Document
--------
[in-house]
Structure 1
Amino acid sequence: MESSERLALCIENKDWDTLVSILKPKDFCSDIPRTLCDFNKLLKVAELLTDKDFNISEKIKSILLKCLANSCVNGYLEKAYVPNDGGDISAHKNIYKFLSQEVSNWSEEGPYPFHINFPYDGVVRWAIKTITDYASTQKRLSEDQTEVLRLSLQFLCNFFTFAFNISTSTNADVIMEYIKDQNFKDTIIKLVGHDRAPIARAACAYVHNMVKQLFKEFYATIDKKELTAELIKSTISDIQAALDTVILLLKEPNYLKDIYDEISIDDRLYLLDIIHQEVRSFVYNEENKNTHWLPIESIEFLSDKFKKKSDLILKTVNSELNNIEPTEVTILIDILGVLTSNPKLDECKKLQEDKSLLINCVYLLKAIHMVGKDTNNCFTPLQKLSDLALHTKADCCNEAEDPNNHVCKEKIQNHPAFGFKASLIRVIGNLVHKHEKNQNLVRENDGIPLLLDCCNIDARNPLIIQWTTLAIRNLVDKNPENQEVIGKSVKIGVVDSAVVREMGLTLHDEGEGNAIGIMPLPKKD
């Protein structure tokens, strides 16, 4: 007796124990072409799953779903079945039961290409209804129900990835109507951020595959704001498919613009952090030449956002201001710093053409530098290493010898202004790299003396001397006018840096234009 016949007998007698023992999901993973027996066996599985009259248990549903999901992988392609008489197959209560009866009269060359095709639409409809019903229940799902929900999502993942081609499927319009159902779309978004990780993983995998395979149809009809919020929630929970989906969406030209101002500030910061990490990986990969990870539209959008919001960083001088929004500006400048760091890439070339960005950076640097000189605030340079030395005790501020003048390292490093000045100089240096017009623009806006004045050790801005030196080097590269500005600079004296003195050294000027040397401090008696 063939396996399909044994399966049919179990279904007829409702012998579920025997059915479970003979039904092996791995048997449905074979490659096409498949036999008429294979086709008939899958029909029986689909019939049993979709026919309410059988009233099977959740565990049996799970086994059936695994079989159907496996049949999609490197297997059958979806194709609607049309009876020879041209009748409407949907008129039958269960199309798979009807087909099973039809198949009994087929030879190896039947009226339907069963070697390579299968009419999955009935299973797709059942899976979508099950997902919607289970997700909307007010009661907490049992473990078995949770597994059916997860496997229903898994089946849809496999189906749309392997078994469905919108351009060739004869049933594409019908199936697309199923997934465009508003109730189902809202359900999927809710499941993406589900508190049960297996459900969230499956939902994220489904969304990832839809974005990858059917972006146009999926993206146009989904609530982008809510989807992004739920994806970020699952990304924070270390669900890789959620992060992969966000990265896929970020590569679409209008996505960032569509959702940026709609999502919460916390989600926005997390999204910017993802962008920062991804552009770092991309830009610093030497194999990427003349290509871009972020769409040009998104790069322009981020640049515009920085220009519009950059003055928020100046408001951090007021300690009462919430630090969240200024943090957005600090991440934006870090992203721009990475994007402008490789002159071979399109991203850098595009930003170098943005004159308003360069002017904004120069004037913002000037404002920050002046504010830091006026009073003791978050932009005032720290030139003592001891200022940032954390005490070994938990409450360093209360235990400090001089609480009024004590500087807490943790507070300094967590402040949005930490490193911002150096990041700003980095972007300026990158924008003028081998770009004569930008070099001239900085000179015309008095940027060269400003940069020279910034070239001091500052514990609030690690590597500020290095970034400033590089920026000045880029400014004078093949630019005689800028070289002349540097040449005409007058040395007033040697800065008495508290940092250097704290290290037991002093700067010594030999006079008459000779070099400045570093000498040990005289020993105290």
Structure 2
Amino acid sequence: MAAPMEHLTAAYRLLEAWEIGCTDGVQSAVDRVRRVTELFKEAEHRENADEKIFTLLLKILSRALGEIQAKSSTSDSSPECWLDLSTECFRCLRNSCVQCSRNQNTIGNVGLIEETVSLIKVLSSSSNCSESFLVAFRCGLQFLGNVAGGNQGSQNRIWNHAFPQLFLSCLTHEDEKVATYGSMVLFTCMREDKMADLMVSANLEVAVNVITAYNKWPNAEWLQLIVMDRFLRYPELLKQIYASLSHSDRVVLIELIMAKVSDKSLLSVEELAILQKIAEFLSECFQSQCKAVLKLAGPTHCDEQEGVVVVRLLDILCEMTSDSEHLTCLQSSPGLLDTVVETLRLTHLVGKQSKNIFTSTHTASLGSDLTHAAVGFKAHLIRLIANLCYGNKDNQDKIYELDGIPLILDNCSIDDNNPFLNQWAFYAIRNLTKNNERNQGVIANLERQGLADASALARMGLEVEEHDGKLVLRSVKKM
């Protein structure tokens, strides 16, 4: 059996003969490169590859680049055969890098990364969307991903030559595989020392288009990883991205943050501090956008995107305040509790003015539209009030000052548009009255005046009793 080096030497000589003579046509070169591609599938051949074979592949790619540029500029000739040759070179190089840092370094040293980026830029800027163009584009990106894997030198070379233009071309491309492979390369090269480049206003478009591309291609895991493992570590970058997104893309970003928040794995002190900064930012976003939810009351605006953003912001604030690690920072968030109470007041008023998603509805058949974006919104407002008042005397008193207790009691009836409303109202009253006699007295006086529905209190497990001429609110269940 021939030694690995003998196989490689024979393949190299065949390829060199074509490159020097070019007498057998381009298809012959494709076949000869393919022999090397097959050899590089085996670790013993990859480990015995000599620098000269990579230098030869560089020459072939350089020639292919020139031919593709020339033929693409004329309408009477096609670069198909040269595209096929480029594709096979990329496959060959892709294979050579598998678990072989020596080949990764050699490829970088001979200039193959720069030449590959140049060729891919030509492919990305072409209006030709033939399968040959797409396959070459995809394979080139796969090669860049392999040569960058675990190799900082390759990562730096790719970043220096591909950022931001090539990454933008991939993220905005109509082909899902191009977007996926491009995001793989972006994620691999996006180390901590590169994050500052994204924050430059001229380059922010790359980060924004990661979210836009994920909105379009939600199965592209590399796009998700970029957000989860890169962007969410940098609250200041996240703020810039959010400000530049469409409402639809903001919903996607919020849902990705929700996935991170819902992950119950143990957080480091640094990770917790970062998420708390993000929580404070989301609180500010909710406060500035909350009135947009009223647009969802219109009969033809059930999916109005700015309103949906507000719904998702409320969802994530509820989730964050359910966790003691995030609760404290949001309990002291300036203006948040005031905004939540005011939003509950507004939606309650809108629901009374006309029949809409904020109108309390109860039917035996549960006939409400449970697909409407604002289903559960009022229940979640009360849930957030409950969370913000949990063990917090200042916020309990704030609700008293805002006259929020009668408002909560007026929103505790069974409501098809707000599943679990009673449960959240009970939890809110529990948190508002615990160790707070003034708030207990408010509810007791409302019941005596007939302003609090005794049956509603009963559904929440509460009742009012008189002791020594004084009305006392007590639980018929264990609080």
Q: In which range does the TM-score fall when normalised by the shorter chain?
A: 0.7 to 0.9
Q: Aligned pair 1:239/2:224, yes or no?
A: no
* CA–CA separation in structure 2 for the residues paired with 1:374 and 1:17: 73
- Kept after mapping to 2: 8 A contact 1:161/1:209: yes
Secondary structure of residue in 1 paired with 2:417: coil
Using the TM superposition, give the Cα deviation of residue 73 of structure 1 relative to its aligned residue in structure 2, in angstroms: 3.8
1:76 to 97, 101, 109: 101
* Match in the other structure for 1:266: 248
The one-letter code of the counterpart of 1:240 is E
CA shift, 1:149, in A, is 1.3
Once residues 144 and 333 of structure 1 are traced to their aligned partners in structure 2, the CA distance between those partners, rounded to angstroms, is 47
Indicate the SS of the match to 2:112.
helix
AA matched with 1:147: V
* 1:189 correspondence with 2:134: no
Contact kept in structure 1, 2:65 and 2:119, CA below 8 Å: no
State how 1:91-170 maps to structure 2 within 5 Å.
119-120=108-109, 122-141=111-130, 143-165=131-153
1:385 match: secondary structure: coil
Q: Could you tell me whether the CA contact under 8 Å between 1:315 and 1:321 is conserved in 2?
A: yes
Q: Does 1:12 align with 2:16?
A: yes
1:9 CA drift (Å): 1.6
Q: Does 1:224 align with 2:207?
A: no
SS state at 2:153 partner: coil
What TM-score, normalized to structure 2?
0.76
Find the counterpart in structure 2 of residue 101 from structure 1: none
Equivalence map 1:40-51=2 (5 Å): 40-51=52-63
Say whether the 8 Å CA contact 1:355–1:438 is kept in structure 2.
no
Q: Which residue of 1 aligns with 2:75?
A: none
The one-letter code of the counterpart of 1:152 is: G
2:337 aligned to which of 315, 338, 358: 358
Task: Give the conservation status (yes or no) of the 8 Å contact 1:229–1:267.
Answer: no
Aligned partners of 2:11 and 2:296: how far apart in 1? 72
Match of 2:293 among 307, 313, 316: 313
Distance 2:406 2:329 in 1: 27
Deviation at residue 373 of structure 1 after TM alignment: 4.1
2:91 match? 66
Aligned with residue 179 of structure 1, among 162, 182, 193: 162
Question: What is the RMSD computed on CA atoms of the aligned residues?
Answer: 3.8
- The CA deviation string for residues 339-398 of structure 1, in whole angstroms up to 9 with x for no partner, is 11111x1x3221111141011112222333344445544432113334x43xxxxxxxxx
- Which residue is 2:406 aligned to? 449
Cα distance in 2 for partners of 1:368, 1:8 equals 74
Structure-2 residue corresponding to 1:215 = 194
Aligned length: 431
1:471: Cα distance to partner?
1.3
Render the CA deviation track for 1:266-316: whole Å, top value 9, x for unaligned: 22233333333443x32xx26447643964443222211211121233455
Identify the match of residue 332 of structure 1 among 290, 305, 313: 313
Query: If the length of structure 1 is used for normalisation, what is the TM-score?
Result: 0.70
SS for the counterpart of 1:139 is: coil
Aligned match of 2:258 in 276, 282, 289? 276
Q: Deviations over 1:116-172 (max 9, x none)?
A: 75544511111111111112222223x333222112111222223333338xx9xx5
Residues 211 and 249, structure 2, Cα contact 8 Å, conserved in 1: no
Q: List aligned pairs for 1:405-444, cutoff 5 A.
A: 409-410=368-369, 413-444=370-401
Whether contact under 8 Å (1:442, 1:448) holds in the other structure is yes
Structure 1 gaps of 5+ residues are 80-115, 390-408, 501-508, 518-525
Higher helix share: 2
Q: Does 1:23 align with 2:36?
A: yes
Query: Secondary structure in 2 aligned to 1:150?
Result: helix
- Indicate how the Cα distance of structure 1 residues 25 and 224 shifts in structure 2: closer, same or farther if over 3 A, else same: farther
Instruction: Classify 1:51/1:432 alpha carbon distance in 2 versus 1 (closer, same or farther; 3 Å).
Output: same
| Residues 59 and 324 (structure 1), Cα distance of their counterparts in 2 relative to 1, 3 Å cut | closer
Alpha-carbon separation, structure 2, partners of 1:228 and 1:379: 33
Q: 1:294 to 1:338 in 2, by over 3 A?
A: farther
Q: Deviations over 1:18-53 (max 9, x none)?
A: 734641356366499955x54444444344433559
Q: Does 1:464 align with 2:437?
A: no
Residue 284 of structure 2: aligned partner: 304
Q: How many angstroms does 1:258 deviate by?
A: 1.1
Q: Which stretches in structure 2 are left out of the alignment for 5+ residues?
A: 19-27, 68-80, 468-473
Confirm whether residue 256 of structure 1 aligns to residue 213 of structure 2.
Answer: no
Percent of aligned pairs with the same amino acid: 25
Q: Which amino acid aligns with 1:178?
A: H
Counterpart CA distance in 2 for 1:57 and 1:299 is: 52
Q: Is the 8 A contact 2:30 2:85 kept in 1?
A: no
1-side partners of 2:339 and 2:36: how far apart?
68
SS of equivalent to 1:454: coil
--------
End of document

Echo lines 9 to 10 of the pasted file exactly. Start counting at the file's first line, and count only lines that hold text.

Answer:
A: 0.7 to 0.9
Q: Aligned pair 1:239/2:224, yes or no?